With canals galore, beautiful gabled houses, world-class museums and more, Dutch cities are certainly home to some fine sights. Wandering around their cobbled streets or taking a canal boat along the waterways is magical, and there is a welcoming and friendly air about the country in general. Laidback, but with a sense of fun, exploring all that the bet cities in the Netherlands have to offer will provide you with lasting memories. Before you know it, you may find yourself returning time and time again to the Netherlands.
Map of cities in the Netherlands
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A laidback place with a pretty center, Breda´s main square has an impressive Gothic cathedral that towers over the cafes and shops down below. Not far from the border, there´s a lively feel to the city, with bustling bars and cheap restaurants mixed between the old buildings. With some nice nature spots in the surrounding area and the lovely Valkenburg park to stroll around, Breda is a peaceful place to spend some time.
Until recently a tiny village, Eindhoven´s population grew drastically after the electrical firm Philips moved here; now, almost everything in the city revolves around the company – even the main train station was moved to better accommodate their needs! Although there is not much to see, a lot of research in the technological and industrial fields goes on here and it is the capital of design for the Netherlands. If you´re not working here, there are few reasons to visit, with most people simply overnighting in Eindhoven before getting an early flight.
Although it is a pleasant place, one thing and one thing only attracts tourists to the city – its famous cheese market. Every Friday morning between April and September, an elaborate ceremony takes place whereby buyers smell, taste and feel the texture of cheese before haggling over a price. Once the transaction has been concluded, the impressive looking cheeses are carried away by porters from the guild to be weighed. Entertaining and bizarre, get here early for a good view.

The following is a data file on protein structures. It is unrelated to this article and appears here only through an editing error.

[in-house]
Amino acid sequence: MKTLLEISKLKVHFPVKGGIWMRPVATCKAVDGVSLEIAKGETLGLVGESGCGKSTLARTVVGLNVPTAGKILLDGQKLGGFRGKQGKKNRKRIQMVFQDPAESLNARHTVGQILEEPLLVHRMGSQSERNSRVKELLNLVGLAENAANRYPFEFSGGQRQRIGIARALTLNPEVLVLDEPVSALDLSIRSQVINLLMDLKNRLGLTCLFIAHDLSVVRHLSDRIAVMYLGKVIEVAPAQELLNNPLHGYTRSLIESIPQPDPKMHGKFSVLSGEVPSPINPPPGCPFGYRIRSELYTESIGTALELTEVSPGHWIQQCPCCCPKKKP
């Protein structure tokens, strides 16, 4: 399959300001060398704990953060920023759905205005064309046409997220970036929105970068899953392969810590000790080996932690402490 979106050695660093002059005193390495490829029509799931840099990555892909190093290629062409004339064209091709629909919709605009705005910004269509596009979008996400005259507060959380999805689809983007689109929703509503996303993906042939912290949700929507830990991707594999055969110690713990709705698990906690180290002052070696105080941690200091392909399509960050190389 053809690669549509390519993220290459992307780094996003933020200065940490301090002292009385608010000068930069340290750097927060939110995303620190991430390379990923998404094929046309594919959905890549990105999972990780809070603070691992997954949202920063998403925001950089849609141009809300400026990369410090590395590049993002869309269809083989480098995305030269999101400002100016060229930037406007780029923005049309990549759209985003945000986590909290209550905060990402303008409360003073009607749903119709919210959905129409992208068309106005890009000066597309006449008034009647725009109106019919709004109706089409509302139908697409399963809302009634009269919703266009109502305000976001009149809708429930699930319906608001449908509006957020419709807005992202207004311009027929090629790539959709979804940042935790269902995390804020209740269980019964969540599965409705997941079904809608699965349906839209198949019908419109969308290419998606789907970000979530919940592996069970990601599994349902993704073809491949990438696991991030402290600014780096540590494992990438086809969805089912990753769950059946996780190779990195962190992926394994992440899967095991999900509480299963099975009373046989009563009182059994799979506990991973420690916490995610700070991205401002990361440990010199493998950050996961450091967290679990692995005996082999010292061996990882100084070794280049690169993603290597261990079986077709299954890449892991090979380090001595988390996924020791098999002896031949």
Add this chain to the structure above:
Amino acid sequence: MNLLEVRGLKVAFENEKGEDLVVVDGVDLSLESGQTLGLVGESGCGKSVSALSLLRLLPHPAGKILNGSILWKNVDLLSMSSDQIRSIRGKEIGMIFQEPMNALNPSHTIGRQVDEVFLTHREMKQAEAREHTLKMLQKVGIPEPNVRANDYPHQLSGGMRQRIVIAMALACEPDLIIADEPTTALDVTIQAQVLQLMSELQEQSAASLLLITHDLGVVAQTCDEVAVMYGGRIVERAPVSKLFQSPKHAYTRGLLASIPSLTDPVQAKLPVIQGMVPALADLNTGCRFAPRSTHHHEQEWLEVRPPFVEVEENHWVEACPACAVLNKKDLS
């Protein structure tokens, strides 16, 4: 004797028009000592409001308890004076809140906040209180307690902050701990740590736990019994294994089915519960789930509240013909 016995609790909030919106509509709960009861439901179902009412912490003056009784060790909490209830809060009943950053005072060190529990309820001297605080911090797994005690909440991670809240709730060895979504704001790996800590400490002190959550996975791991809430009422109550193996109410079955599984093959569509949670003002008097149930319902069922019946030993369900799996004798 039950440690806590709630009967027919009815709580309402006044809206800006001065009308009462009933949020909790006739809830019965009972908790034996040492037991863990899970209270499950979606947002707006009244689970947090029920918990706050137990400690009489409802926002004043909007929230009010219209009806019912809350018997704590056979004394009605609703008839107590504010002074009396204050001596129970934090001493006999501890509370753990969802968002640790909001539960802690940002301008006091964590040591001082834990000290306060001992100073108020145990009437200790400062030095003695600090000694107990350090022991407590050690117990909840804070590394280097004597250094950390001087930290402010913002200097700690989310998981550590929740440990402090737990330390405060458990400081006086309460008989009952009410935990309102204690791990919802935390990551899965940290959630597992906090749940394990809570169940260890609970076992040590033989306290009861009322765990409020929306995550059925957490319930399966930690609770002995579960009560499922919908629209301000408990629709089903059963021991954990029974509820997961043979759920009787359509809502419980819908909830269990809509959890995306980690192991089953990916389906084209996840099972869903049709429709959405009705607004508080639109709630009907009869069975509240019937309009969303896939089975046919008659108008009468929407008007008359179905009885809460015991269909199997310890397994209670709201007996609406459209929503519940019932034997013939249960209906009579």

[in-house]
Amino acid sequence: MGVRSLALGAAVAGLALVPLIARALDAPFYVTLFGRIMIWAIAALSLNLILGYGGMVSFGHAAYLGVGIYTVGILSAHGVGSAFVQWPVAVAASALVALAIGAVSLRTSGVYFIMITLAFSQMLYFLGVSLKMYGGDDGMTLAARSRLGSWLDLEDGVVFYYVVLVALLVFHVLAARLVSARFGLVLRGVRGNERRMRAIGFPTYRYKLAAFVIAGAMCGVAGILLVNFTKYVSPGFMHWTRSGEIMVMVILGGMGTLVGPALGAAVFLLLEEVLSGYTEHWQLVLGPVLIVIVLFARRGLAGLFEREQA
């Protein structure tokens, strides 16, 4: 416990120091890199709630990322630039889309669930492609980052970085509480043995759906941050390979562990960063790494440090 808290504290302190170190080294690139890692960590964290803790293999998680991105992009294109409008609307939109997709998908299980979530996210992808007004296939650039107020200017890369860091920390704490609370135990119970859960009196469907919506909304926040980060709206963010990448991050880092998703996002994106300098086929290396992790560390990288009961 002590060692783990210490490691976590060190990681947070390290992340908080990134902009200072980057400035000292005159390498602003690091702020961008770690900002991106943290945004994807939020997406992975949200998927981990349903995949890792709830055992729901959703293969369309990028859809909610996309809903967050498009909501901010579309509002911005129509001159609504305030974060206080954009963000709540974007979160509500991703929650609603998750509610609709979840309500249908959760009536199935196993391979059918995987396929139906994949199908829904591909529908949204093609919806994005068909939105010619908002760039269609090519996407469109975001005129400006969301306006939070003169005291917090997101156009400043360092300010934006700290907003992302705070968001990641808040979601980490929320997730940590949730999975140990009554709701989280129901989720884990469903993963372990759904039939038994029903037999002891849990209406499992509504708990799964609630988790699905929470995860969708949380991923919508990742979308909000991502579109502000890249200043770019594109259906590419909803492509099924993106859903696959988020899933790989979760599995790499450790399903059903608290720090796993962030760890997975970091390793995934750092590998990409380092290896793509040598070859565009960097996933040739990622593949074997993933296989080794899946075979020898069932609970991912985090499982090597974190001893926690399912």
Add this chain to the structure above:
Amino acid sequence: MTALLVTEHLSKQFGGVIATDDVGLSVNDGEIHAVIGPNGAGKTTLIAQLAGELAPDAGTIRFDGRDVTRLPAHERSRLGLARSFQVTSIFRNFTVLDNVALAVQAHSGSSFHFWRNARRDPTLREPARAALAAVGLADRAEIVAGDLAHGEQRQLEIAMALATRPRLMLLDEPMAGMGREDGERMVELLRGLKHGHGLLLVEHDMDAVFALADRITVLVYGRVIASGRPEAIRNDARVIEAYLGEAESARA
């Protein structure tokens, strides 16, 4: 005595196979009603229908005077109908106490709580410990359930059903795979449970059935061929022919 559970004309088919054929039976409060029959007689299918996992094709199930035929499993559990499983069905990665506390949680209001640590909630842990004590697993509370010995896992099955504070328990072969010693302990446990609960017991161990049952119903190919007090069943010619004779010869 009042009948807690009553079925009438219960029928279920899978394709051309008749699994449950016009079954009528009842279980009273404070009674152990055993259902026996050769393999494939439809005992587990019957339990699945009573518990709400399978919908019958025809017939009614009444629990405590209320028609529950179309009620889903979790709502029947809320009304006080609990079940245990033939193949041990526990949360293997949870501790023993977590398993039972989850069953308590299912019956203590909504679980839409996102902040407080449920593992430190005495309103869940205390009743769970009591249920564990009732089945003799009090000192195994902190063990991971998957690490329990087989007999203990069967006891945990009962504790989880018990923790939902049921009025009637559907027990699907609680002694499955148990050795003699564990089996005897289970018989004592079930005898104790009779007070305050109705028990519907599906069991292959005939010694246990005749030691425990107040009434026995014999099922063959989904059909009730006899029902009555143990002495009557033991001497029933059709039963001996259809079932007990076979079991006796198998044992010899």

Formerly a wealthy resort, Arnhem´s city center is a slightly drab place despite being rebuilt after the Second World War. Due to the number of troops who died here, many British people still visit Arnhem for its battle sites. There are lots of interesting attractions surrounding the city, such as Burger´s Zoo and the airborne museum. An important fashion city in the Netherlands, there are some top notch restaurants and bars scattered throughout the city.
The capital of North Brabant, Den Bosch´s streets and markets teem with life every Wednesday and Saturday, as traders descend upon the town to sell their wares. Its two main highlights are undoubtedly the awe-inspiring cathedral and the museum dedicated to the artist Hieronymous Bosch, who once resided here in the 15th Century. With a lovely canal system, beautiful townhouses, and cute old bridges, Den Bosch is well worth exploring.
Lying on the banks of the River Waal, Nijmegen may be one of the oldest towns in the country, although many of its old buildings were unfortunately destroyed in the Second World War. Many of them were reconstructed, however, and some nice buildings still dot the center. With the large student population breathing life into this ancient place, one of the best things to do here is to walk along the lovely riverside promenade and watch the world go by.
9. Haarlem Where to Stay
A picturesque place that is quintessentially Dutch in appearance, Haarlem lies just fifteen minutes from Amsterdam by train and is definitely worth a visit. With its lovely old buildings, twisting canals and cobbled streets, Haarlem is certainly charming, and there are many great artworks on display in its galleries and museums. At the center of the flower-growing region, when in bloom, Haarlem is a great base from which to visit the colorful fields.
8. Leiden Where to Stay
Due to its proximity to Amsterdam, Leiden is a great day trip option, as it has a host of things to see and do. The historic center of the city is a joy to explore. Its plethora of canals, 17th Century buildings and narrow alleys give Leiden a charming feel to it, and there are lots of great museums to visit. With the oldest university in the country and a huge student population, there is a youthful ambiance to its old streets. There are also innumerable bars and cafes worth checking out. The birthplace of the famous Rembrandt, from Leiden, you can easily visit the nearby colorful tulip fields.
7. Groningen Where to Stay